About the research project
Organic semiconductors have emerged as a breathtaking prospect, promising a new era of electronic devices with unparalleled versatility and eco-friendliness. Their applications span a wide spectrum, encompassing organic light-emitting diodes (OLEDs) that bring life to vivid displays, organic photovoltaics (OPVs) that harness the sun's energy, and organic field-effect transistors (OFETs) that drive the future of flexible electronics. Yet, to truly unleash their full potential across these diverse fields, we must grasp the profound intricacies governing structural order and morphology in thin films and their impact on charge transport. In this PhD project, we aim at pushing the boundaries of knowledge by operando and in-situ characterization of organic semiconductors thin films. This research work combines advanced characterization methodologies techniques, including x-ray diffraction, Scanning Probe Force Microscopy, and electrical measurements, to study the dynamic changes in material properties occurring during growth or thermal annealing and to achieve a microscopic understanding. Furthermore, the work will address the use of multi-component thin films paving the way for applications in NIR photo-detection and photo-thermal conversion.
Qualifications and requirements
A strong academic background in materials science, physics, or a related field, a curious and analytical mindset, and the will to learn experimental research.
Our group, the Physical Chemistry of Surfaces and Interfaces (PCSI), has strong expertise in x-ray scattering techniques using synchrotron radiation as well as in advanced scanning probe microscopy. Taking advantage of the relevant role that the PCSI group plays in the SPM platform of the InCAEM project, the doctoral thesis will include the combination of state-of-the-art methodologies that provide an exceptional environment for cutting-edge research. We offer a team-oriented, motivating work atmosphere, which will allow the candidate to develop independence and soft and technical skills.
The Institute of Materials Science of Barcelona (ICMAB-CSIC) is a multidisciplinary research center focused on cutting-edge research in functional advanced materials in the fields of ENERGY, ELECTRONICS, NANOMEDICINE and application fields yet to imagine.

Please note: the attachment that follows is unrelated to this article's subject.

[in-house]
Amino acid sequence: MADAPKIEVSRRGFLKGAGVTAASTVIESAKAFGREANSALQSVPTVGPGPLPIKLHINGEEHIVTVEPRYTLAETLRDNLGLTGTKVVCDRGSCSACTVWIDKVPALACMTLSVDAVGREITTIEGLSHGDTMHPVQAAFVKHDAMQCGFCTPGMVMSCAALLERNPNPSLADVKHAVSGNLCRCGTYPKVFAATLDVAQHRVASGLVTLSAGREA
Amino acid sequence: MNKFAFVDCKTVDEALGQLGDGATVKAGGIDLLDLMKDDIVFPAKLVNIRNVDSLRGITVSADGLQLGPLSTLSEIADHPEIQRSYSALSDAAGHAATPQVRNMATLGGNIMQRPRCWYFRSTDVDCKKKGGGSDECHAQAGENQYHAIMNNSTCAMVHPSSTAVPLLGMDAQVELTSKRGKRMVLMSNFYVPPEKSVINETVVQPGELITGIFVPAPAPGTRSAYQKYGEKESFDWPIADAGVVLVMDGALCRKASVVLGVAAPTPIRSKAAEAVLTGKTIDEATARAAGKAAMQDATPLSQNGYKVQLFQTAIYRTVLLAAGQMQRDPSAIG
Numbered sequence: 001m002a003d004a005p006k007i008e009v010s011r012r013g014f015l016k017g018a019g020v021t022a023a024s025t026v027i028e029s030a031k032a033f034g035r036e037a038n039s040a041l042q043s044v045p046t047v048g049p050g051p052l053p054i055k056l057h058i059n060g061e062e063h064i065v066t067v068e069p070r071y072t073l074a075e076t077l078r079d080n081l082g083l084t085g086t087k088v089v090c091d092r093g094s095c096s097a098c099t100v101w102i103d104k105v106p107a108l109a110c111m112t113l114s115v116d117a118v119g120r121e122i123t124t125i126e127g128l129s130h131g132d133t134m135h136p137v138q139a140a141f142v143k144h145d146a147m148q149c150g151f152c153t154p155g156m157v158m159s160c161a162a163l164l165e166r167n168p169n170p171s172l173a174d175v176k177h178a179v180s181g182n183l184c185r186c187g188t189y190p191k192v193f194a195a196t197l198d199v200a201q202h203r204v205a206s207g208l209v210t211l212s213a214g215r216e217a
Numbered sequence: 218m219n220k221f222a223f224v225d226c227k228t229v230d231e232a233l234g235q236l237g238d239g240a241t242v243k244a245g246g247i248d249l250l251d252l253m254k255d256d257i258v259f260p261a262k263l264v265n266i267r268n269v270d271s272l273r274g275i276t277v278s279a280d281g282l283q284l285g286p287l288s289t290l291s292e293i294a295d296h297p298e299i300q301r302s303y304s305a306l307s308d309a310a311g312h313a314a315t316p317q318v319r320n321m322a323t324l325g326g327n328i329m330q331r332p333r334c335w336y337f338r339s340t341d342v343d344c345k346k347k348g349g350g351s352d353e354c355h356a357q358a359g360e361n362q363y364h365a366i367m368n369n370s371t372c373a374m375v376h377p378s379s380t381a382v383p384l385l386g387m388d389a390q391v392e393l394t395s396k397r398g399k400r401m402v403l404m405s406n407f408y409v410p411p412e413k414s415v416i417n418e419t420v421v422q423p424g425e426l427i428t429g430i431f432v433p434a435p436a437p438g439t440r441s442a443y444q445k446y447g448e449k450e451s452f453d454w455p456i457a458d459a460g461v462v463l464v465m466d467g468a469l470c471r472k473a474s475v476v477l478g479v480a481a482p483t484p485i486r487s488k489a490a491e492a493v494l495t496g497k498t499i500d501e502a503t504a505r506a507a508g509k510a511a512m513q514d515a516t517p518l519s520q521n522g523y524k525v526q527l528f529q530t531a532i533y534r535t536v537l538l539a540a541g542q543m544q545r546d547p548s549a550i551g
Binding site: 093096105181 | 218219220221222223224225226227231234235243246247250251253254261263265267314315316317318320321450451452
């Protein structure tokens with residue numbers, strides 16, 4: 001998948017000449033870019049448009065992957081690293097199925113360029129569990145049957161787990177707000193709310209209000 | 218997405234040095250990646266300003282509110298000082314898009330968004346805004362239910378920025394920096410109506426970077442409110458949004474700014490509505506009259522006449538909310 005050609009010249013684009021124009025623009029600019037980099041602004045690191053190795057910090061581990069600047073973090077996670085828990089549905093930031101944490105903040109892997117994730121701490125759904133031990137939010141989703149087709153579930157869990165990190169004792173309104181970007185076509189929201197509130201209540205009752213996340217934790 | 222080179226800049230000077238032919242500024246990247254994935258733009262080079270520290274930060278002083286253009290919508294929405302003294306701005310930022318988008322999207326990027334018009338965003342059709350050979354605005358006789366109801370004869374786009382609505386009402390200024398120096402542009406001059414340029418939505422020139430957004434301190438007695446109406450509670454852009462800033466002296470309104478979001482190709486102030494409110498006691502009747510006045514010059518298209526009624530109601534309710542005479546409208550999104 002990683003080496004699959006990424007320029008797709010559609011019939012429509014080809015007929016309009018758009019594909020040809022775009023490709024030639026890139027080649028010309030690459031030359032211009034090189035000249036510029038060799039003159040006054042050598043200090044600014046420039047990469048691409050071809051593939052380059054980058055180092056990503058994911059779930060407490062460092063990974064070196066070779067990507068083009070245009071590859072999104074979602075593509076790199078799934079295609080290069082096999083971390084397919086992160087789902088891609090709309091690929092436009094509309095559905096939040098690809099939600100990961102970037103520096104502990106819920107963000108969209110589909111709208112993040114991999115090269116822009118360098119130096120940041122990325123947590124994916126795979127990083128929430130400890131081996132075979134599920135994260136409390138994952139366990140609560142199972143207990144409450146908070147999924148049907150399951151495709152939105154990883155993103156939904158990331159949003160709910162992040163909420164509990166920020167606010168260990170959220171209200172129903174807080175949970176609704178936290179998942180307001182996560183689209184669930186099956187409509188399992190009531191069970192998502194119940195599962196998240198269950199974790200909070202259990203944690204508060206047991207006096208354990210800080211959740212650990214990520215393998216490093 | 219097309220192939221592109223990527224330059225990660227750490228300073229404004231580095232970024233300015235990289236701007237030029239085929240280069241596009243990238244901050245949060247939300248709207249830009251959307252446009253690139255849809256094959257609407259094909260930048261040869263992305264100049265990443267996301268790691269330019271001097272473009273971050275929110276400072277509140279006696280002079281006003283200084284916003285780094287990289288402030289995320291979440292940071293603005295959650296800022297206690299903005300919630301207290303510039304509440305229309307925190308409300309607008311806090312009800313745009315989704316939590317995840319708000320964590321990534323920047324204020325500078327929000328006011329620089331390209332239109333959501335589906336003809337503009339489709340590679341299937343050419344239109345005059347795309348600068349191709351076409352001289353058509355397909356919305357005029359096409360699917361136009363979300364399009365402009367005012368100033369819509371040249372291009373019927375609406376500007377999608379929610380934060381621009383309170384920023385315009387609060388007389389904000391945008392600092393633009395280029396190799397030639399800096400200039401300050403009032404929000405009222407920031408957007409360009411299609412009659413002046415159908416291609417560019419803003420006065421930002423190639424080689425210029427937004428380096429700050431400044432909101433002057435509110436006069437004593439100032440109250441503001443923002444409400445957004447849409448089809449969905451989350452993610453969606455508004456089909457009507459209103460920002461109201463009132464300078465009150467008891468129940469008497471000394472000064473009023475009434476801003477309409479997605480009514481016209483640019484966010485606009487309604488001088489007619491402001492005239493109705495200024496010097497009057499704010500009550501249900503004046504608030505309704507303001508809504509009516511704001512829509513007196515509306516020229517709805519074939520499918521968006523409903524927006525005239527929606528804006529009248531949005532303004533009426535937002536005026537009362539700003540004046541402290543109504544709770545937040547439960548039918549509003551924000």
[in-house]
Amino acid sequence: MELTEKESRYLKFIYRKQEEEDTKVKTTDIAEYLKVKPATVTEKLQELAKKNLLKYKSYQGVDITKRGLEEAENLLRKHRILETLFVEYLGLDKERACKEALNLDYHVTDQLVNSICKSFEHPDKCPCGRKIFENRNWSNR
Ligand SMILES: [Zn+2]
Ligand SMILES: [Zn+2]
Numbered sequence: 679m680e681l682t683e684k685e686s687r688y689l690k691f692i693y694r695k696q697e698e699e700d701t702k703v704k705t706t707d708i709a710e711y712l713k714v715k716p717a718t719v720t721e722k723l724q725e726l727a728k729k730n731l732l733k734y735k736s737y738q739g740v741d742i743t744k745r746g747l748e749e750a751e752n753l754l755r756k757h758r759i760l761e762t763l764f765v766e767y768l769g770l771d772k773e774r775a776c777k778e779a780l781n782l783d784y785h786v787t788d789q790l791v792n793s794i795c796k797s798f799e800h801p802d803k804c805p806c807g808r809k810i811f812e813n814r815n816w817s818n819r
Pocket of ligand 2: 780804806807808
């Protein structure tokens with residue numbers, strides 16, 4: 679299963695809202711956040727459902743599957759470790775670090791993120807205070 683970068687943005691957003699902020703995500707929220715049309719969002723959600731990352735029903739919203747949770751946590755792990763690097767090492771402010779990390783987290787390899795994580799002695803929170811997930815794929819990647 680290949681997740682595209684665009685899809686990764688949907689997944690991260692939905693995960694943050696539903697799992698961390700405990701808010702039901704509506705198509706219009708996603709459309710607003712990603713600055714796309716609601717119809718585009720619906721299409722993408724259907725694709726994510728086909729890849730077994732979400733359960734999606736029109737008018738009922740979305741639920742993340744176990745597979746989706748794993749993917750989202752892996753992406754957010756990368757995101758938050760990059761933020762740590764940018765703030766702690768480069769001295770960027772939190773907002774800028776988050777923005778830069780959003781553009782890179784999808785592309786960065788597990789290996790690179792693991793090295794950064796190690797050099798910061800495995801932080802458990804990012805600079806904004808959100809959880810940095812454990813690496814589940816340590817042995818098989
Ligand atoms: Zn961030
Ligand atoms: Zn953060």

The ICMAB is integrated within the Barcelona Nanocluster in Bellaterra (BNC-b), a research network that includes the UAB, the CSIC (ICMAB, IMB-CNM and ICN2) and IRTA, part of the UAB Research Park of the Universitat Autònoma de Barcelona (PRUAB) and the ALBA Synchrotron. The BNC-b aims to share advanced scientific equipment and promote and disseminate nanoscience and nanotechnology.
The ICMAB offers a complete range of scientific services, including a 10,000 class cleanroom (the Nanoquim Platform) that are open to interested parties, whether these are academic or from industry, and it participates in all kinds of educational and promotional activities. Many ICMAB researchers teach at the UAB Master's degree in Nanotechnology and Materials Science and also on the UAB degree on Nanoscience and Nanotechnology.
- PCSI group
- Charge-Transfer Complexes in Organic Field-Effect Transistors: Superior Suitability for Surface Doping
A. Babuji et al. ACS Appl. Mater. Interfaces 2022, 14, 39, 44632–44641 DOI: 10.1021/acsami.2c09168
- Design Dependence of the Interface Structure and Crystalline Order of Organic Semiconductor/Dopant Heterojunctions: Pentacene/C60F48, F. Silvestri et al. J. Phys. Chem. C, 2021, 125, 9, 5363–5371. DOI:10.1021/acs.jpcc.0c11439R
- Impact of Nanomorphology on Surface Doping of Organic Semiconductors: The Pentacene−C60F48 Interface
F. Silvestri et al. ACS Appl. Mater. Interfaces 2020, 12, 22, 25444–25452 DOI: 10.1021/acsami.0c05583
- Double Beneficial Role of Fluorinated Fullerene Dopants on Organic Thin Film Transistors: Structural Stability and Improved Performance, A. Babuji et al. ACS Appl. Mater. Interfaces, 2020, 12, 25, 28416–28425 DOI: 10.1021/acsami.0c06418
- Decoding the vertical phase separation and its impact on C8-BTBT:PS transistor properties
Ana Pérez-Rodríguez et al. ACS Appl. Mater. Interfaces (2018) 10 (8), 7296–7303DOI: 10.1021/acsami.7b19279